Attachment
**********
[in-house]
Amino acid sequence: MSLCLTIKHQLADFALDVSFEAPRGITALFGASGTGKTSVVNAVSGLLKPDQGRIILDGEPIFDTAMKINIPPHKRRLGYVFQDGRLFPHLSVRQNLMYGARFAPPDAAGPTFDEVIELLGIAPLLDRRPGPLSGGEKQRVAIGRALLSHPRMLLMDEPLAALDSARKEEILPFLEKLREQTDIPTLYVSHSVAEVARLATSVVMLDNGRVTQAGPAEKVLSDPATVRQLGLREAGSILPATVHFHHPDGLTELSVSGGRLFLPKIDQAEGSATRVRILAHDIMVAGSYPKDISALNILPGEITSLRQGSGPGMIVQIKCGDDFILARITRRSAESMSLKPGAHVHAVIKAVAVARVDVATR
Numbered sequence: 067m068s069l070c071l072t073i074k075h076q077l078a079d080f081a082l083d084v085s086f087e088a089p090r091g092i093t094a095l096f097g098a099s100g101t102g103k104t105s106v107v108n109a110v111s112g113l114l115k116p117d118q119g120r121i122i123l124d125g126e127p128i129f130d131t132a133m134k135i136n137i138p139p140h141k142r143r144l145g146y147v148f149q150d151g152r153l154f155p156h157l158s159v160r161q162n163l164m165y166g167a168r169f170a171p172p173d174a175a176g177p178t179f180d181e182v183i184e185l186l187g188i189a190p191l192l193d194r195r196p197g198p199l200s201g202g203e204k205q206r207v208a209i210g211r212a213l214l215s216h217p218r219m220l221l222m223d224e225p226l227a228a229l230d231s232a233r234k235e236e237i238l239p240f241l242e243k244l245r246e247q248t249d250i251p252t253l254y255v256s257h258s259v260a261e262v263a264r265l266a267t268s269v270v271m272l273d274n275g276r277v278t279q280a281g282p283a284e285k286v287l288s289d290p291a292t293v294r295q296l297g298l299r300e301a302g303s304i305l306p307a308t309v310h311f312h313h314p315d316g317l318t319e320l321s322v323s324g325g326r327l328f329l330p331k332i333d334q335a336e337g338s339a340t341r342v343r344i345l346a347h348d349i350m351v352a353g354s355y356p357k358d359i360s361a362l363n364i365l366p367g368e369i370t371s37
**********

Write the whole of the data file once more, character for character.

[in-house]
Amino acid sequence: MSLCLTIKHQLADFALDVSFEAPRGITALFGASGTGKTSVVNAVSGLLKPDQGRIILDGEPIFDTAMKINIPPHKRRLGYVFQDGRLFPHLSVRQNLMYGARFAPPDAAGPTFDEVIELLGIAPLLDRRPGPLSGGEKQRVAIGRALLSHPRMLLMDEPLAALDSARKEEILPFLEKLREQTDIPTLYVSHSVAEVARLATSVVMLDNGRVTQAGPAEKVLSDPATVRQLGLREAGSILPATVHFHHPDGLTELSVSGGRLFLPKIDQAEGSATRVRILAHDIMVAGSYPKDISALNILPGEITSLRQGSGPGMIVQIKCGDDFILARITRRSAESMSLKPGAHVHAVIKAVAVARVDVATR
Numbered sequence: 067m068s069l070c071l072t073i074k075h076q077l078a079d080f081a082l083d084v085s086f087e088a089p090r091g092i093t094a095l096f097g098a099s100g101t102g103k104t105s106v107v108n109a110v111s112g113l114l115k116p117d118q119g120r121i122i123l124d125g126e127p128i129f130d131t132a133m134k135i136n137i138p139p140h141k142r143r144l145g146y147v148f149q150d151g152r153l154f155p156h157l158s159v160r161q162n163l164m165y166g167a168r169f170a171p172p173d174a175a176g177p178t179f180d181e182v183i184e185l186l187g188i189a190p191l192l193d194r195r196p197g198p199l200s201g202g203e204k205q206r207v208a209i210g211r212a213l214l215s216h217p218r219m220l221l222m223d224e225p226l227a228a229l230d231s232a233r234k235e236e237i238l239p240f241l242e243k244l245r246e247q248t249d250i251p252t253l254y255v256s257h258s259v260a261e262v263a264r265l266a267t268s269v270v271m272l273d274n275g276r277v278t279q280a281g282p283a284e285k286v287l288s289d290p291a292t293v294r295q296l297g298l299r300e301a302g303s304i305l306p307a308t309v310h311f312h313h314p315d316g317l318t319e320l321s322v323s324g325g326r327l328f329l330p331k332i333d334q335a336e337g338s339a340t341r342v343r344i345l346a347h348d349i350m351v352a353g354s355y356p357k358d359i360s361a362l363n364i365l366p367g368e369i370t371s37